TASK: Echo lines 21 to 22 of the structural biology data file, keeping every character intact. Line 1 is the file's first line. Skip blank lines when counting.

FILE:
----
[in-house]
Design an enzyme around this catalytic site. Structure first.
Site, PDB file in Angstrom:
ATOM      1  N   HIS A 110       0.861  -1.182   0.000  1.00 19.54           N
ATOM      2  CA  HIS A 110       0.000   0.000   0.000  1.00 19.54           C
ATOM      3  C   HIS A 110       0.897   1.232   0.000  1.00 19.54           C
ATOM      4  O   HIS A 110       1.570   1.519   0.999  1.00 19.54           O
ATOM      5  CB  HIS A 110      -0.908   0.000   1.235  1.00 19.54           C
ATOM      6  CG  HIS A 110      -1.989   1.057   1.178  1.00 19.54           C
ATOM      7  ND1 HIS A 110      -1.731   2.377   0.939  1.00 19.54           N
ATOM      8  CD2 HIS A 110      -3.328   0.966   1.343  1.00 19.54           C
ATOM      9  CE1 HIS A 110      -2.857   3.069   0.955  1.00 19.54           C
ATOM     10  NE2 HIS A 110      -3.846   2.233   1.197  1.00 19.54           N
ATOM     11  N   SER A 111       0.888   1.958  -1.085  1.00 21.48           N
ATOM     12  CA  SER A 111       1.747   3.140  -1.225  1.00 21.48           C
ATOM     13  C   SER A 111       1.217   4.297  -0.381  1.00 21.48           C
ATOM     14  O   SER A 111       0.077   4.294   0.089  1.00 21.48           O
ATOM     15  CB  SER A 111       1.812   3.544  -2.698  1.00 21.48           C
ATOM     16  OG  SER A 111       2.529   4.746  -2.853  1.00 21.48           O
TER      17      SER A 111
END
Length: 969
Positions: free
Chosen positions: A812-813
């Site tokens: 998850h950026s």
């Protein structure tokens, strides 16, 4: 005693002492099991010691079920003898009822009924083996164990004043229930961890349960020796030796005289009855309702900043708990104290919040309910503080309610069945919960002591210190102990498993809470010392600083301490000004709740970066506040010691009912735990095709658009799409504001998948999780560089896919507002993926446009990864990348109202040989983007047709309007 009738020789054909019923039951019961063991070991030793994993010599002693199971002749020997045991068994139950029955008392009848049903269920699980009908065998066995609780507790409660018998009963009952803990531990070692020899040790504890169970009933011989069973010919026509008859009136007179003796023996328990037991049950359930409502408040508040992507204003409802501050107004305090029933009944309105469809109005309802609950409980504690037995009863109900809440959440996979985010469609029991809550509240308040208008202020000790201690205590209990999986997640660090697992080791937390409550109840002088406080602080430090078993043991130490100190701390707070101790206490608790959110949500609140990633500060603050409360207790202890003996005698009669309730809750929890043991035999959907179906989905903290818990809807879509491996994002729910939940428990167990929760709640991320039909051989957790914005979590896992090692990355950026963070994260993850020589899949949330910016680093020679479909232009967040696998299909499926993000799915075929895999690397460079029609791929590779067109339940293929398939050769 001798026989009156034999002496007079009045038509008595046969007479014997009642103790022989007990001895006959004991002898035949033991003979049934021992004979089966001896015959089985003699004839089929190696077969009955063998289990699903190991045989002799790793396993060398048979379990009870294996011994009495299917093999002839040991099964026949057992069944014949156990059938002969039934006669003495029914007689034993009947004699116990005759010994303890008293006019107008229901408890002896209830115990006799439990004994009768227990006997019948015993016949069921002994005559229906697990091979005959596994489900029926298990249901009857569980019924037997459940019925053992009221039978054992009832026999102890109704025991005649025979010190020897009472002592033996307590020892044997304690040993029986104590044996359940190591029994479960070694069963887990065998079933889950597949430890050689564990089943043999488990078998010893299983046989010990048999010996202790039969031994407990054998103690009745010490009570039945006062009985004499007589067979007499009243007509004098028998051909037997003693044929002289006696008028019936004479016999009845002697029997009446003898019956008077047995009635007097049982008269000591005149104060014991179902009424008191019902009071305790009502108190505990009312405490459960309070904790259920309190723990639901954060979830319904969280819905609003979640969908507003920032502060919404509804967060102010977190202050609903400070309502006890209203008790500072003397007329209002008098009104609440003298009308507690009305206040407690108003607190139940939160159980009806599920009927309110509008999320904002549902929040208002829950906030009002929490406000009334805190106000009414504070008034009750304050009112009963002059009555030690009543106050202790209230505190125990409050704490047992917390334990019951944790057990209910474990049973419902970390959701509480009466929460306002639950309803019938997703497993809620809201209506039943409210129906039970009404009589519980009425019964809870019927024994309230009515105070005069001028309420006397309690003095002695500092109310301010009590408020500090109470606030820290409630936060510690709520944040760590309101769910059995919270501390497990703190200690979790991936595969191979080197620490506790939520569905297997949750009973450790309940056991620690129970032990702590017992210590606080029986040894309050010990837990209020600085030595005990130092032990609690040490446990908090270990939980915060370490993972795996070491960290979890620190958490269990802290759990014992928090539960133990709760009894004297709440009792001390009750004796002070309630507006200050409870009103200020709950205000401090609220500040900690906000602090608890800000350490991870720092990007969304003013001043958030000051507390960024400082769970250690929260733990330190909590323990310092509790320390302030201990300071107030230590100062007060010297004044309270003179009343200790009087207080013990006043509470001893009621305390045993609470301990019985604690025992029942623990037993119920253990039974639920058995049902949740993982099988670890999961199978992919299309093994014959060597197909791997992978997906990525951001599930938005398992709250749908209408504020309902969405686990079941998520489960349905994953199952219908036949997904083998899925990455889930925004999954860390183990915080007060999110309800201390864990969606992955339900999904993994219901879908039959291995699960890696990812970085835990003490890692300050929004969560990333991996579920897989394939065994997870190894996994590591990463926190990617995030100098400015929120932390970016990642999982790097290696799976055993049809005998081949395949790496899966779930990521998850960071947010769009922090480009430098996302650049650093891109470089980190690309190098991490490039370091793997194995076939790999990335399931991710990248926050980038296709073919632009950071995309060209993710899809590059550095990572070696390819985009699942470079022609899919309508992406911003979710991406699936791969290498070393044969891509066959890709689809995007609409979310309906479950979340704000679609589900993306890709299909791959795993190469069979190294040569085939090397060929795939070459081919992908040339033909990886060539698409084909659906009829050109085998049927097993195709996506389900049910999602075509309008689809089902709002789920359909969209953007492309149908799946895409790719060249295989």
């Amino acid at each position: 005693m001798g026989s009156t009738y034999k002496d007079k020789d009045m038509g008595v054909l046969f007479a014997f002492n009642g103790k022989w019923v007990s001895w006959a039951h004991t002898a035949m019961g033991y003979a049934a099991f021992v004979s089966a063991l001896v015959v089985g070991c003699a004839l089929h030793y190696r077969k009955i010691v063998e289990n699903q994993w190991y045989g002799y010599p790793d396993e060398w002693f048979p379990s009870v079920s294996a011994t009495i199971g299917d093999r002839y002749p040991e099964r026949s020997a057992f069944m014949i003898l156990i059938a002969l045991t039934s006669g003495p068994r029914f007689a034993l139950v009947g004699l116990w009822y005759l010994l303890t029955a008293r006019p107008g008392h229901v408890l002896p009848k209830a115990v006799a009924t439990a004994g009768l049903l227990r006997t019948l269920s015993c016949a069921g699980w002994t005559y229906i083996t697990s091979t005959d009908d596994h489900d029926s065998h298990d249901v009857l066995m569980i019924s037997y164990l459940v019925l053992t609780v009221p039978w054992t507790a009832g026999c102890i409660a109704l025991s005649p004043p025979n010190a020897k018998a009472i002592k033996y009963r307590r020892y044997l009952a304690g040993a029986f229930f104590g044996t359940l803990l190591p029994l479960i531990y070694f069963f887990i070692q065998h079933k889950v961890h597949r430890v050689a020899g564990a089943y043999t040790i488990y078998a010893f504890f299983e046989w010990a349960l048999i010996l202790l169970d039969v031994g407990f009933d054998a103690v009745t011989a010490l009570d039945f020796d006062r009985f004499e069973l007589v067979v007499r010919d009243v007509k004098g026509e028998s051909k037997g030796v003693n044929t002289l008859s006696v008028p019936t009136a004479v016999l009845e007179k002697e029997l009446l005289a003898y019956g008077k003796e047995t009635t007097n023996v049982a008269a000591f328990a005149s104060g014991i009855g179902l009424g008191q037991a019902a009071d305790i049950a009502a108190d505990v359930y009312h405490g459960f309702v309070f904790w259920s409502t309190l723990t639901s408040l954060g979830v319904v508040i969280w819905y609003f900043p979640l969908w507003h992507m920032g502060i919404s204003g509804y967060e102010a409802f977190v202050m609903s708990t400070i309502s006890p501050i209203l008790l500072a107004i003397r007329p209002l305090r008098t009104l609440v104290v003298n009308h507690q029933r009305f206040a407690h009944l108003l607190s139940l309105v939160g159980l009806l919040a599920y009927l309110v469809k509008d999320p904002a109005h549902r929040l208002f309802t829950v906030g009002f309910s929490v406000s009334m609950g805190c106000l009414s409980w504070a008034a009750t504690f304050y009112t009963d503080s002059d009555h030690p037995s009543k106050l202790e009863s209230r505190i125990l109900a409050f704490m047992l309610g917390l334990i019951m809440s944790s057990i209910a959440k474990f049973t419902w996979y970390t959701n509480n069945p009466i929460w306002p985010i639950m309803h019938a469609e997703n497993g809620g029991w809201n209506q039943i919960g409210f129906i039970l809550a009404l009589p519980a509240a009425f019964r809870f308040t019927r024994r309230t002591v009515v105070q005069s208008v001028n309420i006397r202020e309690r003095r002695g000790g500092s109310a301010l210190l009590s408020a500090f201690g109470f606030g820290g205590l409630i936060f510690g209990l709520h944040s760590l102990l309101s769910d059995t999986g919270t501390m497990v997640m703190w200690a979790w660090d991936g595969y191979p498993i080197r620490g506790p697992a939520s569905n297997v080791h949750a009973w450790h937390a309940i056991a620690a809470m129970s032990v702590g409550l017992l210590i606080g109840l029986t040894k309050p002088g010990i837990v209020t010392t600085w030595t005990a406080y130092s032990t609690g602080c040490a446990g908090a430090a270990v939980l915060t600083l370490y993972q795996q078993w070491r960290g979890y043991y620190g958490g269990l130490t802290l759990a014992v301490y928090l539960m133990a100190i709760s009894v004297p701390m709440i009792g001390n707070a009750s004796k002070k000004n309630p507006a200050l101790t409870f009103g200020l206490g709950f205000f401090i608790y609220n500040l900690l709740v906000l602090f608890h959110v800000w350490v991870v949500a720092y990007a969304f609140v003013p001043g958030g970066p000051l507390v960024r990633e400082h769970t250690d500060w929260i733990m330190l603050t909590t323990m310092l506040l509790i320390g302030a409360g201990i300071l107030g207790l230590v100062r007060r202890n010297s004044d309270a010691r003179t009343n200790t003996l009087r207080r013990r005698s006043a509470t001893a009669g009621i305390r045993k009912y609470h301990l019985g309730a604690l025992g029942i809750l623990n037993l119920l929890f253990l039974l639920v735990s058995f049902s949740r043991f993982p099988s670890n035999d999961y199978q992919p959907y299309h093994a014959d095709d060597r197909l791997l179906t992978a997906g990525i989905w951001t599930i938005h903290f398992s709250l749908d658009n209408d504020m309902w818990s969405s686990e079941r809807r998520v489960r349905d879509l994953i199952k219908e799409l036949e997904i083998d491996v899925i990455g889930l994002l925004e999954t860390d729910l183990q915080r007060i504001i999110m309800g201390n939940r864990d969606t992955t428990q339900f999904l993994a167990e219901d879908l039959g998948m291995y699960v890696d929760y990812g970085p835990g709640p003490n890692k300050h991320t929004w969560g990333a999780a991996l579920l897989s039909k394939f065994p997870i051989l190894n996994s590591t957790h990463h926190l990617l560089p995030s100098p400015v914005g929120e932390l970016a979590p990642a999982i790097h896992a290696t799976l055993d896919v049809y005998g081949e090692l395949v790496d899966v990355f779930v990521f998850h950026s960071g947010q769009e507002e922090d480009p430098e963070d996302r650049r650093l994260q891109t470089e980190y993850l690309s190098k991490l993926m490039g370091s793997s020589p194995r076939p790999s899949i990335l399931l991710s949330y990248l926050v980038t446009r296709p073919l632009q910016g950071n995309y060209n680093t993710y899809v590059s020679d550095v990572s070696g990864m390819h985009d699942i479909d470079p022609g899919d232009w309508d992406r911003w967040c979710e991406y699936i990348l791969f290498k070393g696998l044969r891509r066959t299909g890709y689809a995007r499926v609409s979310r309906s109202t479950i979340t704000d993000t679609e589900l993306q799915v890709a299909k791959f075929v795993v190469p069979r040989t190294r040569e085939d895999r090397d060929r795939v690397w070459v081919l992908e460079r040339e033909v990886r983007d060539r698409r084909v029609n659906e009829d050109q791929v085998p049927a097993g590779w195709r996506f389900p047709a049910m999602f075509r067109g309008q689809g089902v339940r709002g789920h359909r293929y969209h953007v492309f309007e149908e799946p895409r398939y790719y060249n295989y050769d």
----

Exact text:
END
Length: 969